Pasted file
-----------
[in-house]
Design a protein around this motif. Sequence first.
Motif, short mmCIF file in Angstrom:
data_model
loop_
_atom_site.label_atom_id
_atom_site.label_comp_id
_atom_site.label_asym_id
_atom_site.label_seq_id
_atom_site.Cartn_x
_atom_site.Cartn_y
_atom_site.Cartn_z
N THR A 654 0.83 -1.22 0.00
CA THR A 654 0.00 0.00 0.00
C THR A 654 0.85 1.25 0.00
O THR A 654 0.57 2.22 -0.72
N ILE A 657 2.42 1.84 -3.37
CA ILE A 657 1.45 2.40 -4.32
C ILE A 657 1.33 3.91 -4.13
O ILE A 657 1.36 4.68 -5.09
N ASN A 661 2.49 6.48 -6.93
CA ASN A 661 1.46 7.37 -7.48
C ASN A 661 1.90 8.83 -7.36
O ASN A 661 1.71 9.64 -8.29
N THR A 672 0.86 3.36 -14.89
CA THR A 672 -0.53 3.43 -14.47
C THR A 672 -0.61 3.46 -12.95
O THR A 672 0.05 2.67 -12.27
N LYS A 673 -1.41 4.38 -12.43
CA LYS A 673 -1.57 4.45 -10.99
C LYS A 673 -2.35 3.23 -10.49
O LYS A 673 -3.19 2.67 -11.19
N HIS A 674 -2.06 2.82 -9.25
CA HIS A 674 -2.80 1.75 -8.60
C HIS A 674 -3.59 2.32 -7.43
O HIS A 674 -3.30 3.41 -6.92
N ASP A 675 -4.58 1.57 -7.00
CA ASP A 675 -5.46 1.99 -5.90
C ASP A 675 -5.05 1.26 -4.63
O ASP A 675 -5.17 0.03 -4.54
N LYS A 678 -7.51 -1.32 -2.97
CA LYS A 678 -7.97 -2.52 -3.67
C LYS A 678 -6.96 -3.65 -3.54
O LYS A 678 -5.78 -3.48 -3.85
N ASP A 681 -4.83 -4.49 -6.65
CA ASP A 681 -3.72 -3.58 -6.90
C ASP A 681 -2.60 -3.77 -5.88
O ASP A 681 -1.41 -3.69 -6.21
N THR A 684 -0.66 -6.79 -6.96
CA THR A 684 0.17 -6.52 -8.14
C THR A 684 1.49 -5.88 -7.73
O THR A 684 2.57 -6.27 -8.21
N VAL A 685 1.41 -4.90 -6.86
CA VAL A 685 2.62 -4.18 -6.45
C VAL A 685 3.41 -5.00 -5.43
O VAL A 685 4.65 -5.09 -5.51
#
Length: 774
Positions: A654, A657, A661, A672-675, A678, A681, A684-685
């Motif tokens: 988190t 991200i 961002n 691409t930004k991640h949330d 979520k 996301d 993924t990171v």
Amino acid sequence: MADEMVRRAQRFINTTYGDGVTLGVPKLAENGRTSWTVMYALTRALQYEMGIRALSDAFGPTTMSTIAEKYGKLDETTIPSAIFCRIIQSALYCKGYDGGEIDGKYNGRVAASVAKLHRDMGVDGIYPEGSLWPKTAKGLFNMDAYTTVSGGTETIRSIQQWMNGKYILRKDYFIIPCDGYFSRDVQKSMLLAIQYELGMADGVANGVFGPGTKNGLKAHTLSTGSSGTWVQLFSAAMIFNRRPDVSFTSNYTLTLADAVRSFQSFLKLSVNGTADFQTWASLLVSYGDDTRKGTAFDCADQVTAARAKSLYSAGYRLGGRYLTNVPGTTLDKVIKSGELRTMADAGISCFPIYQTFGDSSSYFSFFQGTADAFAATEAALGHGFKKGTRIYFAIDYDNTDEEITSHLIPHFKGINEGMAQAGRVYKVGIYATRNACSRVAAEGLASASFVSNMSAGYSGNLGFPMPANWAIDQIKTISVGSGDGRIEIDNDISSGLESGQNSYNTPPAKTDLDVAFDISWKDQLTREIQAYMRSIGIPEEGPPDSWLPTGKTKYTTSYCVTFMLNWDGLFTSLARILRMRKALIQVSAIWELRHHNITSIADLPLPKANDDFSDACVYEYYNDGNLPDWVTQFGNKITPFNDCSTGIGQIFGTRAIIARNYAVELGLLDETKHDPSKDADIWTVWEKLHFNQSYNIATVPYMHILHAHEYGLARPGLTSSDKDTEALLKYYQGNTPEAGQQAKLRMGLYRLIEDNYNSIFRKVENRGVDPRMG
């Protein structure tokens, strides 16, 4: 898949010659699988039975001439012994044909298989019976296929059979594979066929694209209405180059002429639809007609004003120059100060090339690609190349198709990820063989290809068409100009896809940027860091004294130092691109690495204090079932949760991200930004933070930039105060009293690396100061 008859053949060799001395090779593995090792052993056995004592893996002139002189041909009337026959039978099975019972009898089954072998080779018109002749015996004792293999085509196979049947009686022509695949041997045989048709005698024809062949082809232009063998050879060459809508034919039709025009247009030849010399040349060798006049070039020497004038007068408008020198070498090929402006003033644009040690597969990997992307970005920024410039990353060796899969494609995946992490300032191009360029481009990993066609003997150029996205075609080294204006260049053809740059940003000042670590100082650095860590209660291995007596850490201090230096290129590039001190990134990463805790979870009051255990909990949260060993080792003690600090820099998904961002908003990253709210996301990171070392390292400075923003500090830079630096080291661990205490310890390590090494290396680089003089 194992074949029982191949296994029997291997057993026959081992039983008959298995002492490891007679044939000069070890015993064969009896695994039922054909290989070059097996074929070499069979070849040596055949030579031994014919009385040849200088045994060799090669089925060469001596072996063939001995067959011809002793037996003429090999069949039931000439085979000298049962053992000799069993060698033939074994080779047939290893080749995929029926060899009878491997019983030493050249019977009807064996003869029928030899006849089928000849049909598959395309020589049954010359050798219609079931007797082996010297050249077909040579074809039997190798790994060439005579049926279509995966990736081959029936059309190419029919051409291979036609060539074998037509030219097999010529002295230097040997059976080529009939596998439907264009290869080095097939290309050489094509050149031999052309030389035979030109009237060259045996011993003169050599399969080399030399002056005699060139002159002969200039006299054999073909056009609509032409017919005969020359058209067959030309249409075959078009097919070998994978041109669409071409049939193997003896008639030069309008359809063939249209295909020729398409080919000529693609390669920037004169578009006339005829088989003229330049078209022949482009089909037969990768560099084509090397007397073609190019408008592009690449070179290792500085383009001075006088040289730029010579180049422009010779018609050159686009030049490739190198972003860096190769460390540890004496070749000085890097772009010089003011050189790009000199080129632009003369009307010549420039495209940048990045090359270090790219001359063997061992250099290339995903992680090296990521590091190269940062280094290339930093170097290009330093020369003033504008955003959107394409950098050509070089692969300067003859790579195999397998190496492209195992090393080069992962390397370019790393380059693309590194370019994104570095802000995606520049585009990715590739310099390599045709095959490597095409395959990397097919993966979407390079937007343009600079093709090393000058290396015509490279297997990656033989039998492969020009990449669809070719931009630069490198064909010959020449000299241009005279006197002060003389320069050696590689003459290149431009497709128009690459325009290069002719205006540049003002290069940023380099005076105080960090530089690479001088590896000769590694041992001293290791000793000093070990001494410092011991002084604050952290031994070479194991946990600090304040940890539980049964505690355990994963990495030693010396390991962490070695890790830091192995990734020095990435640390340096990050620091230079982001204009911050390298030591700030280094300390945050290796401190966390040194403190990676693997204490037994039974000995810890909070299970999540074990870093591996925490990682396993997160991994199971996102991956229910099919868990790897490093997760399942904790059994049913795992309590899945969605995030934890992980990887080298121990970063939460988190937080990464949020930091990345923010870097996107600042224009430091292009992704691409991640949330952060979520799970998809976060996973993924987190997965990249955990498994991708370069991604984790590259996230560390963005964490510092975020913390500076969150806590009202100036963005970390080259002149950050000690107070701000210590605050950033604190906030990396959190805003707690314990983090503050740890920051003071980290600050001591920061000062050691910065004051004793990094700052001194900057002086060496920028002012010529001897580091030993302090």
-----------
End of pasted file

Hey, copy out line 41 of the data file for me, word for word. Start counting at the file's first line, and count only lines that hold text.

N LYS A 678 -7.51 -1.32 -2.97